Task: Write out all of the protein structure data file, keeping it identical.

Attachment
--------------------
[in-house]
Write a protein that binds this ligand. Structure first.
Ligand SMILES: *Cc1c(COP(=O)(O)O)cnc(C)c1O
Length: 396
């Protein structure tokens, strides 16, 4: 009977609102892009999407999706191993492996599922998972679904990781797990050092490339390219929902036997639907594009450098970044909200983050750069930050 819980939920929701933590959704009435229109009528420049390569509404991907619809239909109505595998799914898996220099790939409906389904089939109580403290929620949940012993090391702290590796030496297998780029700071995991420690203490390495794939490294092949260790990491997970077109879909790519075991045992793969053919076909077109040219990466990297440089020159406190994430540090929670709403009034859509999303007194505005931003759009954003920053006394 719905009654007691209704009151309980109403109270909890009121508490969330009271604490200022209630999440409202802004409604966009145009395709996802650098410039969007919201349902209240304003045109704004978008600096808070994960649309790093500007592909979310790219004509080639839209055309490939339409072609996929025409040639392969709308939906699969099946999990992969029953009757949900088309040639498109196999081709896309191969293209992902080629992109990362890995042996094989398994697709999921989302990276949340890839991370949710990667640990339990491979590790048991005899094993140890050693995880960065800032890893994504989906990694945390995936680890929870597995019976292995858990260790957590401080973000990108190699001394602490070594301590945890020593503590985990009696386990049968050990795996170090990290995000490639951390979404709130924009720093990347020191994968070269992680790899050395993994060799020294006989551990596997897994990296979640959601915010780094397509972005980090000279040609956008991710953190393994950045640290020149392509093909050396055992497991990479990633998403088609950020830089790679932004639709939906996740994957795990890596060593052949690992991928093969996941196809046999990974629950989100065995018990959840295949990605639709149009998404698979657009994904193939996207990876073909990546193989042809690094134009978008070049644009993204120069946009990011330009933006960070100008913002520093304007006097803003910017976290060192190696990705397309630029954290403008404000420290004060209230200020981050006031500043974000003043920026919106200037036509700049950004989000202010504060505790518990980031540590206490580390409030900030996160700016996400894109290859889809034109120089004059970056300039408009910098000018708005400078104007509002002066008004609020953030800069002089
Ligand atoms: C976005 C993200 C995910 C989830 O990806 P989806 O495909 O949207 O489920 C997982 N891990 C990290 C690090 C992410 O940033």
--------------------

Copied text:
[in-house]
Write a protein that binds this ligand. Structure first.
Ligand SMILES: *Cc1c(COP(=O)(O)O)cnc(C)c1O
Length: 396
């Protein structure tokens, strides 16, 4: 009977609102892009999407999706191993492996599922998972679904990781797990050092490339390219929902036997639907594009450098970044909200983050750069930050 819980939920929701933590959704009435229109009528420049390569509404991907619809239909109505595998799914898996220099790939409906389904089939109580403290929620949940012993090391702290590796030496297998780029700071995991420690203490390495794939490294092949260790990491997970077109879909790519075991045992793969053919076909077109040219990466990297440089020159406190994430540090929670709403009034859509999303007194505005931003759009954003920053006394 719905009654007691209704009151309980109403109270909890009121508490969330009271604490200022209630999440409202802004409604966009145009395709996802650098410039969007919201349902209240304003045109704004978008600096808070994960649309790093500007592909979310790219004509080639839209055309490939339409072609996929025409040639392969709308939906699969099946999990992969029953009757949900088309040639498109196999081709896309191969293209992902080629992109990362890995042996094989398994697709999921989302990276949340890839991370949710990667640990339990491979590790048991005899094993140890050693995880960065800032890893994504989906990694945390995936680890929870597995019976292995858990260790957590401080973000990108190699001394602490070594301590945890020593503590985990009696386990049968050990795996170090990290995000490639951390979404709130924009720093990347020191994968070269992680790899050395993994060799020294006989551990596997897994990296979640959601915010780094397509972005980090000279040609956008991710953190393994950045640290020149392509093909050396055992497991990479990633998403088609950020830089790679932004639709939906996740994957795990890596060593052949690992991928093969996941196809046999990974629950989100065995018990959840295949990605639709149009998404698979657009994904193939996207990876073909990546193989042809690094134009978008070049644009993204120069946009990011330009933006960070100008913002520093304007006097803003910017976290060192190696990705397309630029954290403008404000420290004060209230200020981050006031500043974000003043920026919106200037036509700049950004989000202010504060505790518990980031540590206490580390409030900030996160700016996400894109290859889809034109120089004059970056300039408009910098000018708005400078104007509002002066008004609020953030800069002089
Ligand atoms: C976005 C993200 C995910 C989830 O990806 P989806 O495909 O949207 O489920 C997982 N891990 C990290 C690090 C992410 O940033």